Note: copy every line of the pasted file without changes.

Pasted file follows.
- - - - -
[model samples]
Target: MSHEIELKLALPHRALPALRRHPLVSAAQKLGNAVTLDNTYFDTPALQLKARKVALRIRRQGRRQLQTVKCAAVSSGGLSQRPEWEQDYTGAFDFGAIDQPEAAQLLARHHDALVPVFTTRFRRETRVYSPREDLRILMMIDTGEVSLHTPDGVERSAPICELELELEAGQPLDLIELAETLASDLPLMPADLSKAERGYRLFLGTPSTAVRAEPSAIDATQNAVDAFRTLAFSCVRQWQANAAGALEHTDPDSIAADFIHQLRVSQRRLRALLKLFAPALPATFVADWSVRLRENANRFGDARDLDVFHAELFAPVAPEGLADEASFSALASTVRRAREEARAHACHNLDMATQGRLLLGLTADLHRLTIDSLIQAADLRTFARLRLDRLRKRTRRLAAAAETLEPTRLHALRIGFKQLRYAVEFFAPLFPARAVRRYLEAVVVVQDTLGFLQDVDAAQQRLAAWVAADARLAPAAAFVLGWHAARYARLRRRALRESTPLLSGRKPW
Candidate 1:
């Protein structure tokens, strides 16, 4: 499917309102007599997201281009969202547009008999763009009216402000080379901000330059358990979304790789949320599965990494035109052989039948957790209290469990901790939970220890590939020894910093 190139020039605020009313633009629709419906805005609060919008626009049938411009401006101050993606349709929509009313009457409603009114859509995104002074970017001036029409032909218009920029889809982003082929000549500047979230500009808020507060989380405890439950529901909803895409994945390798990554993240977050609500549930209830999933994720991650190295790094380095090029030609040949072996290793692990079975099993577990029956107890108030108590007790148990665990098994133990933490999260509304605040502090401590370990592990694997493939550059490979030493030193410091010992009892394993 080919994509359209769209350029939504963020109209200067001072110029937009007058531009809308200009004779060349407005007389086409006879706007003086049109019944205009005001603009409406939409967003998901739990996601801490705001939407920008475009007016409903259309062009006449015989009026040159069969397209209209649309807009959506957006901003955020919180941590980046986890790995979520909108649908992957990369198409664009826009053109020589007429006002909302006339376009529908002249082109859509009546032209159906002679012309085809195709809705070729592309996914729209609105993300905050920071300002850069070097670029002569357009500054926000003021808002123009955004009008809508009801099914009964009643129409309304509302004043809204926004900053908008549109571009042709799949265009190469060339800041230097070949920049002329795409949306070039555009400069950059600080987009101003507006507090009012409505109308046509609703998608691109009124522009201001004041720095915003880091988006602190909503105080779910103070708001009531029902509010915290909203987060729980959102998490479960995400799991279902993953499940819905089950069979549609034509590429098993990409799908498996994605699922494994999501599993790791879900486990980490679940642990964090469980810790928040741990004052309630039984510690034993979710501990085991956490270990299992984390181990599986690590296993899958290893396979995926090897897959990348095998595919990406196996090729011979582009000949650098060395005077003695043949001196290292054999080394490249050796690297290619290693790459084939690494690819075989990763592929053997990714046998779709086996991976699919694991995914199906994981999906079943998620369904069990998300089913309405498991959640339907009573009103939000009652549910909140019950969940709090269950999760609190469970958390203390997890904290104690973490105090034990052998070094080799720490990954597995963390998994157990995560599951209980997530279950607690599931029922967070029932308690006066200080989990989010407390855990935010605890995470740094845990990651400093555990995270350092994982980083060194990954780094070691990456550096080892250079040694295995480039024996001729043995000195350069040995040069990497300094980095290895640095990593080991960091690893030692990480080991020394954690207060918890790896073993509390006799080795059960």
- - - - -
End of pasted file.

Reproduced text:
[model samples]
Target: MSHEIELKLALPHRALPALRRHPLVSAAQKLGNAVTLDNTYFDTPALQLKARKVALRIRRQGRRQLQTVKCAAVSSGGLSQRPEWEQDYTGAFDFGAIDQPEAAQLLARHHDALVPVFTTRFRRETRVYSPREDLRILMMIDTGEVSLHTPDGVERSAPICELELELEAGQPLDLIELAETLASDLPLMPADLSKAERGYRLFLGTPSTAVRAEPSAIDATQNAVDAFRTLAFSCVRQWQANAAGALEHTDPDSIAADFIHQLRVSQRRLRALLKLFAPALPATFVADWSVRLRENANRFGDARDLDVFHAELFAPVAPEGLADEASFSALASTVRRAREEARAHACHNLDMATQGRLLLGLTADLHRLTIDSLIQAADLRTFARLRLDRLRKRTRRLAAAAETLEPTRLHALRIGFKQLRYAVEFFAPLFPARAVRRYLEAVVVVQDTLGFLQDVDAAQQRLAAWVAADARLAPAAAFVLGWHAARYARLRRRALRESTPLLSGRKPW
Candidate 1:
């Protein structure tokens, strides 16, 4: 499917309102007599997201281009969202547009008999763009009216402000080379901000330059358990979304790789949320599965990494035109052989039948957790209290469990901790939970220890590939020894910093 190139020039605020009313633009629709419906805005609060919008626009049938411009401006101050993606349709929509009313009457409603009114859509995104002074970017001036029409032909218009920029889809982003082929000549500047979230500009808020507060989380405890439950529901909803895409994945390798990554993240977050609500549930209830999933994720991650190295790094380095090029030609040949072996290793692990079975099993577990029956107890108030108590007790148990665990098994133990933490999260509304605040502090401590370990592990694997493939550059490979030493030193410091010992009892394993 080919994509359209769209350029939504963020109209200067001072110029937009007058531009809308200009004779060349407005007389086409006879706007003086049109019944205009005001603009409406939409967003998901739990996601801490705001939407920008475009007016409903259309062009006449015989009026040159069969397209209209649309807009959506957006901003955020919180941590980046986890790995979520909108649908992957990369198409664009826009053109020589007429006002909302006339376009529908002249082109859509009546032209159906002679012309085809195709809705070729592309996914729209609105993300905050920071300002850069070097670029002569357009500054926000003021808002123009955004009008809508009801099914009964009643129409309304509302004043809204926004900053908008549109571009042709799949265009190469060339800041230097070949920049002329795409949306070039555009400069950059600080987009101003507006507090009012409505109308046509609703998608691109009124522009201001004041720095915003880091988006602190909503105080779910103070708001009531029902509010915290909203987060729980959102998490479960995400799991279902993953499940819905089950069979549609034509590429098993990409799908498996994605699922494994999501599993790791879900486990980490679940642990964090469980810790928040741990004052309630039984510690034993979710501990085991956490270990299992984390181990599986690590296993899958290893396979995926090897897959990348095998595919990406196996090729011979582009000949650098060395005077003695043949001196290292054999080394490249050796690297290619290693790459084939690494690819075989990763592929053997990714046998779709086996991976699919694991995914199906994981999906079943998620369904069990998300089913309405498991959640339907009573009103939000009652549910909140019950969940709090269950999760609190469970958390203390997890904290104690973490105090034990052998070094080799720490990954597995963390998994157990995560599951209980997530279950607690599931029922967070029932308690006066200080989990989010407390855990935010605890995470740094845990990651400093555990995270350092994982980083060194990954780094070691990456550096080892250079040694295995480039024996001729043995000195350069040995040069990497300094980095290895640095990593080991960091690893030692990480080991020394954690207060918890790896073993509390006799080795059960």